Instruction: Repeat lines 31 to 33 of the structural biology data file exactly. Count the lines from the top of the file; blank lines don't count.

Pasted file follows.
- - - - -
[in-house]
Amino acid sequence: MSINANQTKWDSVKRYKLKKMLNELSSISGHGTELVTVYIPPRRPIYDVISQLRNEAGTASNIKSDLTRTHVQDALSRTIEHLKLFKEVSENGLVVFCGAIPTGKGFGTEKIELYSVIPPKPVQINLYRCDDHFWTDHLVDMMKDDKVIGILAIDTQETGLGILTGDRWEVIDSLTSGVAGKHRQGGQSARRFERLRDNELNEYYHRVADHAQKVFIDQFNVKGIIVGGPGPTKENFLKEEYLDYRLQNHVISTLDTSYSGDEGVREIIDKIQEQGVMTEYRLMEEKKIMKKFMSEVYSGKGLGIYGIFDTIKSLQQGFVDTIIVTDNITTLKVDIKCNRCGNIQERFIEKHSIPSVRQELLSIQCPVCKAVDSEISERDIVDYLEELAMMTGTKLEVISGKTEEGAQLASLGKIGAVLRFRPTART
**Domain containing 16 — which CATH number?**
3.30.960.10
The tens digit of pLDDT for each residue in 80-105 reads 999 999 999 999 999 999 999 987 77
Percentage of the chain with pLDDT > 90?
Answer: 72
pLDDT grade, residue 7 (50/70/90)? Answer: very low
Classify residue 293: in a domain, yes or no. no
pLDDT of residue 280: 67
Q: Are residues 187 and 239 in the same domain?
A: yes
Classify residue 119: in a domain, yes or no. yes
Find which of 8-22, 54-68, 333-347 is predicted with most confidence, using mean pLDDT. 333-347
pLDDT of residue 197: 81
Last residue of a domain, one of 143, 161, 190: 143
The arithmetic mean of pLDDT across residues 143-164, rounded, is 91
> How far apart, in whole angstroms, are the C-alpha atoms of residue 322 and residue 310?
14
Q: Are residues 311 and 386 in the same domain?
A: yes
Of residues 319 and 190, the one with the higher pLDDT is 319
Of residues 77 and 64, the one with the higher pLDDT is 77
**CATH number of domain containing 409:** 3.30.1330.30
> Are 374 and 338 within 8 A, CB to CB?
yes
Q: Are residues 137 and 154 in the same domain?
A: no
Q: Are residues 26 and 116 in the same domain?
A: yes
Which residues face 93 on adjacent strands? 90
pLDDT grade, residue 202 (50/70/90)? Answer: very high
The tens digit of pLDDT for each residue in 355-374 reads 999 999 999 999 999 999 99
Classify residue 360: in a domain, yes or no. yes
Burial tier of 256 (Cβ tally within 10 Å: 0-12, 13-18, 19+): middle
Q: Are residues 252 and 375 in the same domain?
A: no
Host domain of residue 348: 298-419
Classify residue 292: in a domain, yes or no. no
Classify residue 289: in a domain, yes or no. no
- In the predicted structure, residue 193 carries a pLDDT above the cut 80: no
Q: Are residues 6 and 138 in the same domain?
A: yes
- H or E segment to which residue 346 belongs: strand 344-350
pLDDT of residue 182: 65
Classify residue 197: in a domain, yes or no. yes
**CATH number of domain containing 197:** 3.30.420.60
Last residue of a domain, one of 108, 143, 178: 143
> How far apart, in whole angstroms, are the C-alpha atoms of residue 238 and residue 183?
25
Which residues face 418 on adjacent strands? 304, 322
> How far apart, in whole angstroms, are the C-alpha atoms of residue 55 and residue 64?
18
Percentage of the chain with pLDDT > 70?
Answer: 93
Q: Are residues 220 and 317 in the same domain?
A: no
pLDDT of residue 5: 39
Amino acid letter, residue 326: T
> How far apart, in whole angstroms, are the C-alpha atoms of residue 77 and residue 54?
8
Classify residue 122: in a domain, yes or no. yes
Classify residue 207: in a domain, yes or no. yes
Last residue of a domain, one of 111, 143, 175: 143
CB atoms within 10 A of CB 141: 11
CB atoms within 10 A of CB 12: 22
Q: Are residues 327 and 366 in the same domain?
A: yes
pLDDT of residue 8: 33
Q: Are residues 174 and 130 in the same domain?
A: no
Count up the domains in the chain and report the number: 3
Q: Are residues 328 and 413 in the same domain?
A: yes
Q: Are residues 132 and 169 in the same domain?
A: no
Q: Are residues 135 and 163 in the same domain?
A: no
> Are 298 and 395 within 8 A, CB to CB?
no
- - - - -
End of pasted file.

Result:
Which residues face 93 on adjacent strands? 90
pLDDT grade, residue 202 (50/70/90)? Answer: very high
The tens digit of pLDDT for each residue in 355-374 reads 999 999 999 999 999 999 99